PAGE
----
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The Research Studio: Integrating Information Literacy into a First Year Engineering Science Course

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2011 ASEE Annual Conference & Exposition


Vancouver, BC

Publication Date

June 26, 2011

Start Date

June 26, 2011

End Date

June 29, 2011



Conference Session

Information Literacy Programs for First-Year Engineering Students

Tagged Division

Engineering Libraries

Page Count


Page Numbers

22.1496.1 - 22.1496.21



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Paper Authors


Michelle Baratta University of Toronto

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Michelle Baratta has held positions in academic and public libraries, as well as a corporate setting. Her education includes a Master's degree in Information Studies (2007) and an Honours Bachelor of Science degree (2004), both from the University of Toronto. She is currently a Reference and Instruction Librarian at the University of Toronto's Engineering & Computer Science Library.

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Alan Chong University of Toronto

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Alan Chong is a Senior Lecturer in the Engineering Communication Program at the University of Toronto. His pedagogical research is primarily in the area of the integration of Design and Communication across the curriculum.

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Jason A. Foster University of Toronto

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The Research Studio: Integrating Information Literacy Into a First Year Engineering Science CourseIn this paper, we describe a set of strategies and an associated activity used to overcome thedrawbacks of traditional methods that have been used to teach information literacy skills to firstyear engineering science students. Traditional methods and models for teaching informationliteracy in this context have significant drawbacks that limit their efficacy in developing corecompetencies. Lectures on research skills fail to take advantage of active learning strategies.Computer lab-based research skills sessions are largely limited to online sources and arecomplicated by difficulties in maintaining student focus. Extracurricular library based sessionsfor groups of students typically only teach research skills in the abstract, lacking the immediacyafforded by sessions integrated with their classes, and are often poorly attended. Without theimmediacy of an assignment, students often fail to acknowledge the relevance of the activities,and are unable to develop transferable skills.To address these issues, Engineering faculty and librarians associated with a large research-intensive university have collaborated on the design of an activity that integrates informationliteracy into the curriculum and provides a more rigorous process for instruction. Key principlesthat informed the activity include:1. Introducing students to the physical library and encouraging alternatives to internet search engines for information discovery2. Integrating the library session into the curriculum and tying it to a core assignment with clearly defined objectives and outcomes3. Developing a series of short activities that cover an important range of sources and providing scaffolding within those activities to build transferable skillsIntroducing students to the physical library is the first step to challenging their preconceivedideas of the research process and to building their knowledge of the information sources that areintegral to engineering research and study. Placing them in physical proximity of paper journals,books, and other sources forces them to engage with the results of their research in afundamentally different manner than they would with online sources. Second, assigning a set ofdeliverables that form an intermediate step in a current course assignment as exit criteria forcesstudents to engage while in the session, and provides a much more direct transfer point. Finally,structuring the activity as a set of short, 20-30 minute sessions on distinct research topicspromotes student focus during the sessions, and provides each student with a variety of researchskills. The six sessions, of which each student within a three-person team completed three,included comparing different types of information sources for the depth and breadth ofinformation covered, evaluating information sources and engaging their critical thinking skills,and developing research strategies that can be used to find different sources of information.This paper describes the learning objectives for the activity as a whole and for each session,presents observations taken during the activity and both solicited and unsolicited feedback fromstudents, and provides an evaluation of the students’ submissions for the assignment that waslinked to the activity.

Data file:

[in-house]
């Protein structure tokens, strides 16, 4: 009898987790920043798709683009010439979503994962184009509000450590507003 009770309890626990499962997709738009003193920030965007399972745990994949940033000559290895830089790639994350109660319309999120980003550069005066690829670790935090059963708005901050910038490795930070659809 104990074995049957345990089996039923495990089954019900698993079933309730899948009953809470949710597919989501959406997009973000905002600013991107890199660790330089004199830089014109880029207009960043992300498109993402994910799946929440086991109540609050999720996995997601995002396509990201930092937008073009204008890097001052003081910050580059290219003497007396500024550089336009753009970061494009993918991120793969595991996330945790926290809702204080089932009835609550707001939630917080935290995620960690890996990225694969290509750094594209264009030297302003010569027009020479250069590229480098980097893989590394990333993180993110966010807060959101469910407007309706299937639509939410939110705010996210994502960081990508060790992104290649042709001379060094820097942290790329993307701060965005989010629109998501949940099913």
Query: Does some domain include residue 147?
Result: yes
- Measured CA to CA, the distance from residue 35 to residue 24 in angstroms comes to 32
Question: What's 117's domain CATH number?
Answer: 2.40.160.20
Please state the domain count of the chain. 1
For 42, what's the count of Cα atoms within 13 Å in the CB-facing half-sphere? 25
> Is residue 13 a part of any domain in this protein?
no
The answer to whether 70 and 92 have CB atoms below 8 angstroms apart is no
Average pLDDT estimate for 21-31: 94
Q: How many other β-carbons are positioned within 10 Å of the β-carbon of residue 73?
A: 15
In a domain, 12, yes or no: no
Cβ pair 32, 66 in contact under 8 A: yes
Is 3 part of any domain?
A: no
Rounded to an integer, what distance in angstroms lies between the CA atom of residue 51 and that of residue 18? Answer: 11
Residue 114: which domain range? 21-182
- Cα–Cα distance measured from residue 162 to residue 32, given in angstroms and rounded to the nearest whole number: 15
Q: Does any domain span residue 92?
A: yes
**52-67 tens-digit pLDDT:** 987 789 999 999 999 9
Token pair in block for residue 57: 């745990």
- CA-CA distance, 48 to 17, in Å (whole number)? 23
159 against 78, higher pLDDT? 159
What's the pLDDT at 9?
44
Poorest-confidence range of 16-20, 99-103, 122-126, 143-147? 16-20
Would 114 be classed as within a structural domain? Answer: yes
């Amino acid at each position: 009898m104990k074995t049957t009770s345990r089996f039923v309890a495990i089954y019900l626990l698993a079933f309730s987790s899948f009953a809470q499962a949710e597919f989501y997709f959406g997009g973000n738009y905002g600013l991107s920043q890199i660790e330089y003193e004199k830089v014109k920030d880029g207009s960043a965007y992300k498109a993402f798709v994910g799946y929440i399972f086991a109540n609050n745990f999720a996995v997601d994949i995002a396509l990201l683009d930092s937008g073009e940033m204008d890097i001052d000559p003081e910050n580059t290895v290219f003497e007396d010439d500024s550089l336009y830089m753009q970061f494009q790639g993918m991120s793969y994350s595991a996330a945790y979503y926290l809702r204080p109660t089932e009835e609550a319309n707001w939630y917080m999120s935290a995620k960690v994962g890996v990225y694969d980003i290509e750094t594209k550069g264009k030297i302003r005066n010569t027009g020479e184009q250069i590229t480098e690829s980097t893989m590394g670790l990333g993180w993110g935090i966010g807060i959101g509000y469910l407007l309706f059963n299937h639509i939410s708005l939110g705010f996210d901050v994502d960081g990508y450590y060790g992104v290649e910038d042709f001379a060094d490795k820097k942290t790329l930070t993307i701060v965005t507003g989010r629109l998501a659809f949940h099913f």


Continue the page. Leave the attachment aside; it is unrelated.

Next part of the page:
Baratta, M., & Chong, A., & Foster, J. A. (2011, June), The Research Studio: Integrating Information Literacy into a First Year Engineering Science Course Paper presented at 2011 ASEE Annual Conference & Exposition, Vancouver, BC. 10.18260/1-2--18609

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